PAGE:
Russian and Syrian forces target hospitals as offensive in Idlib gathers pace

Staff at Aqeirbat hospital call on the UN Secretary General to visit Idlib and see the evidence of deliberate targeting of hospitals by Syrian government and Russian forces firsthand – picture: Al-Atareb news website via Facebook

Medical staff at Aqeirbat hospital in the countryside near Idlib in Syria staged a desperate protest on 6 February in a bid to draw attention to the destruction of health care facilities and hospitals. They carried banners inviting António Guterres, the UN Secretary General to visit Idlib and “see for himself” a rapidly growing list of medical facilities destroyed or badly damaged by the Assad regime and allies. Just hours before, the Independent Doctors Association, a medical NGO which provides health services to hundreds of thousands of people in the Idlib and Aleppo areas, reported that artillery fire had targeted its primary health care centre in Anadan.

The systematic destruction of the health system in Idlib is part of a wider offensive by the Assad regime and its allies, Russia and Iran, to take back military control over the area around Idlib, the last remaining pocket of opposition-held territory. Over half a million people have fled the area in the last two months. 

Motaz, a former programme manager at a Syrian medical NGO, told Middle East Solidarity that UN agencies including the Office for the Coordination of Humanitarian Affairs (UNOCHA) have become “partners in Assad and Russia’s killing machine in Syria,” by providing information about the location of medical facilities directly to Russian forces under a so-called “deconfliction mechanism.”

The scheme involved Syrian health NGOs sharing coordinates of medical facilities with “Coalition Forces, the Government of Turkey, the Russian Federation, as well as the International Syria Support Group Chairs (Government of the United States and the Russian Federation)”. Humanitarian NGOs were asked to confirm detailed information about mobile and fixed humanitarian missions such as the “location, coordinates (Global Positioning System (GPS), Latitude\ longitude in degrees, the function of the building (office, lodging, school, warehouse, hospital…etc., the exact street address of the building and its location.”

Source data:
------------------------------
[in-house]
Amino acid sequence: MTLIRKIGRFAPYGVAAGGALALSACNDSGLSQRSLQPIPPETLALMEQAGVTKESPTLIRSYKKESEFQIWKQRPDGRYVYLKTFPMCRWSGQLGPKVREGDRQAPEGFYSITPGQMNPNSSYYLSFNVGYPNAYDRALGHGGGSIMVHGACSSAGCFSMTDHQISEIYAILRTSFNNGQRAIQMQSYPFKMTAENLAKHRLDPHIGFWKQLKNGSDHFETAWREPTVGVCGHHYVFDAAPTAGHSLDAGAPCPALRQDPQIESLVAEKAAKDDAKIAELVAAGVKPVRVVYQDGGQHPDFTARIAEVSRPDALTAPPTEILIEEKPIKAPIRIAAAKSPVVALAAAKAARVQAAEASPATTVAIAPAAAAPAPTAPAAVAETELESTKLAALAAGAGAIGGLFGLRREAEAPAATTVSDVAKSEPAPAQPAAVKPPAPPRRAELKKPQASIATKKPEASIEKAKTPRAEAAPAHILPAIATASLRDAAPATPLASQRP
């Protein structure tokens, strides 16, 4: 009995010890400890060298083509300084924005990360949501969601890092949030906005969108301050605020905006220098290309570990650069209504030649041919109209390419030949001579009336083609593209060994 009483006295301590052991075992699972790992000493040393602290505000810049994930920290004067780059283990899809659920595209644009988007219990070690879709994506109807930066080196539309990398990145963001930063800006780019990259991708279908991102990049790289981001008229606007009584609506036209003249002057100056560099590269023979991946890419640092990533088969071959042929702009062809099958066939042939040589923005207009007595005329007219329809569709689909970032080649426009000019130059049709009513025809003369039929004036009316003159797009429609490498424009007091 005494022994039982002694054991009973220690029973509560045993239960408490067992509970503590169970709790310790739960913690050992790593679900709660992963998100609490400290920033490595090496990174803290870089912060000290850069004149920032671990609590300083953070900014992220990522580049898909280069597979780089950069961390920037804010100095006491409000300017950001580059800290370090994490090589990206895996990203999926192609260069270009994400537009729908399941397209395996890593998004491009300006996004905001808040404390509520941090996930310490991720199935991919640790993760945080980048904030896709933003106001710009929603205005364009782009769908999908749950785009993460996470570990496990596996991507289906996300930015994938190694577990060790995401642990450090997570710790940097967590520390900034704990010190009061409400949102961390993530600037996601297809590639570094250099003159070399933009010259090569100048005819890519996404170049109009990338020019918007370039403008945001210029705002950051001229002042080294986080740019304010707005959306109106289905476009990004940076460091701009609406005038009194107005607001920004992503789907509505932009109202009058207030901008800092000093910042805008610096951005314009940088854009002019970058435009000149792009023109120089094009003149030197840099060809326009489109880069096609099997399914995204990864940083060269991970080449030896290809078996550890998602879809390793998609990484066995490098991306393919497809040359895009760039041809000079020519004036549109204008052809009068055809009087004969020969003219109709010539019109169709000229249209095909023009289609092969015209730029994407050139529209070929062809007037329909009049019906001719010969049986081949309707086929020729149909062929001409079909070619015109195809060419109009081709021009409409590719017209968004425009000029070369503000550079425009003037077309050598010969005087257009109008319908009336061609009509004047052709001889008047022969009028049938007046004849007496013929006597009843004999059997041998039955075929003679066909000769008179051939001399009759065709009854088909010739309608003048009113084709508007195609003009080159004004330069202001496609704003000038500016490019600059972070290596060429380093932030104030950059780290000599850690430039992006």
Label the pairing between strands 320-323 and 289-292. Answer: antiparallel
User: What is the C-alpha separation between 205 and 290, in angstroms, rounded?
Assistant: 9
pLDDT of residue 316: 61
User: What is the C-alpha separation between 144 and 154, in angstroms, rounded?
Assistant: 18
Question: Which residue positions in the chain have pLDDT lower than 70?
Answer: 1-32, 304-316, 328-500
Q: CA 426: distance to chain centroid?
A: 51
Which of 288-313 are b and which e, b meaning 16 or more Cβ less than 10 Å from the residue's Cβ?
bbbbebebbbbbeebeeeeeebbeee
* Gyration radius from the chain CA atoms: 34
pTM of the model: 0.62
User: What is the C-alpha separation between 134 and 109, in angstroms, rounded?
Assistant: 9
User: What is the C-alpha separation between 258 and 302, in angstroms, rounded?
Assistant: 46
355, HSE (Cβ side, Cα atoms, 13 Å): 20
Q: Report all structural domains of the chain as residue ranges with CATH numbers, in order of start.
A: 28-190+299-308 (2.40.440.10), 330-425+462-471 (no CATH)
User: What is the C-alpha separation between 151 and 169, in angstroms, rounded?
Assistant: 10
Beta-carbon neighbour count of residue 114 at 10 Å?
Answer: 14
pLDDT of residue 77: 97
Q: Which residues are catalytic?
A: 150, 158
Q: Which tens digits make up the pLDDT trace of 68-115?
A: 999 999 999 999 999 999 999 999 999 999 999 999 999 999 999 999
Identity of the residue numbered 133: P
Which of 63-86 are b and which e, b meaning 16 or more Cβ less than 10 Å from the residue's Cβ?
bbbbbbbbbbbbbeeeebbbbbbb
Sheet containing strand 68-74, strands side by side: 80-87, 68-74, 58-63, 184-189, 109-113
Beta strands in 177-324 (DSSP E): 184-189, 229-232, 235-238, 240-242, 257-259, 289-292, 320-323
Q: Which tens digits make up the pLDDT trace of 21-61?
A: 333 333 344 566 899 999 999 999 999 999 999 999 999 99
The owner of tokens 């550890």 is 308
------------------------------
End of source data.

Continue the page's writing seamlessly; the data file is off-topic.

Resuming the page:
The Anadan health centre in ruins after artillery bombardment on 6 February. Picture: Independent Doctors Association via Facebook

Although the aim of the scheme was ostensibly to help combatants avoid attacking hospitals, Motaz told us that the information-sharing exercise has in fact increased the threat to medical facilities. 

“Syrian NGOs working from the city of Gaziantep in Turkey and attending the various humanitarian cluster meetings believed OCHA’s claims of ‘protecting’ humanitarians and their facilities. Medical NGOs, for example, shared not only the geographical coordinates but also ‘medical maps’ for their facilities”, he explained. 

“Although sharing coordinates with OCHA was “voluntary”, NGOs felt pressurized to share them with the OCHA.” Some were afraid that failure to sign up would lead to funding cuts, while others believed that providing this information would protect their staff members, patients and facilities. 

Yet the “deconfliction mechanism” did not work. The New York Times found dozens of examples of hospitals and clinics which appeared on the UN’s no-strike list being damaged or destroyed by Russian or Syrian attacks since April last year. 

For Motaz, the UN must bear responsibility for providing this information to allies of a regime determined to wipe out all opposition, including health services not under its own control. “With OCHA sharing the geographical coordinates with the Russian Federation, the mission of neutralizing these viable facilities becomes easier, less time consuming and less costly. Indeed, targeting would be a matter of ticking boxes rather than spending more time identifying where these facilities are located. UN agencies, whether directly or indirectly, have become a partner of the Assad regime and Russia in increasing the suffering of the Syrian people.”  

For several years, millions of people in opposition-held areas of Syria have relied on aid arriving over the borders with Turkey and Iraq. These “cross-border” operations have been enabled by a UN Security Council Resolution. Now Russia and China are pushing to close down this lifeline by refusing to extend the resolution beyond June 2020. UN agencies and other aid donors will then be forced to channel relief funding through Damascus, working with organisations closely tied to the regime, such as the Syrian Arab Red Crescent. 

“Destroying medical facilities in the opposition areas has both political and military dimensions,” Motaz explained. “On the one hand, the Assad regime wants to retake full control over Syrian territory. On the other, the regime seeks to become the only service provider in Syria and eliminate any institutions established by the opposition.” 

After Idlib, the next phase in the Assad regime’s brutal campaign is likely to target the Aleppo countryside. Medical facilities there are now acutely vulnerable, Motaz told us. “They have been lined up as sitting ducks for Syrian and Russian attacks as UN OCHA has already shared their geographical coordinates with the Russian Federation.” 

What you can do: 

  • Pass a resolution in your trade union branch calling for an end to attacks on civilians, medical facilities and personnel in Syria.
  • Send a letter of protest to the Russian, Syrian and Iranian embassies in your country, condemning attacks on civilians, medical facilities and personnel in Syria.

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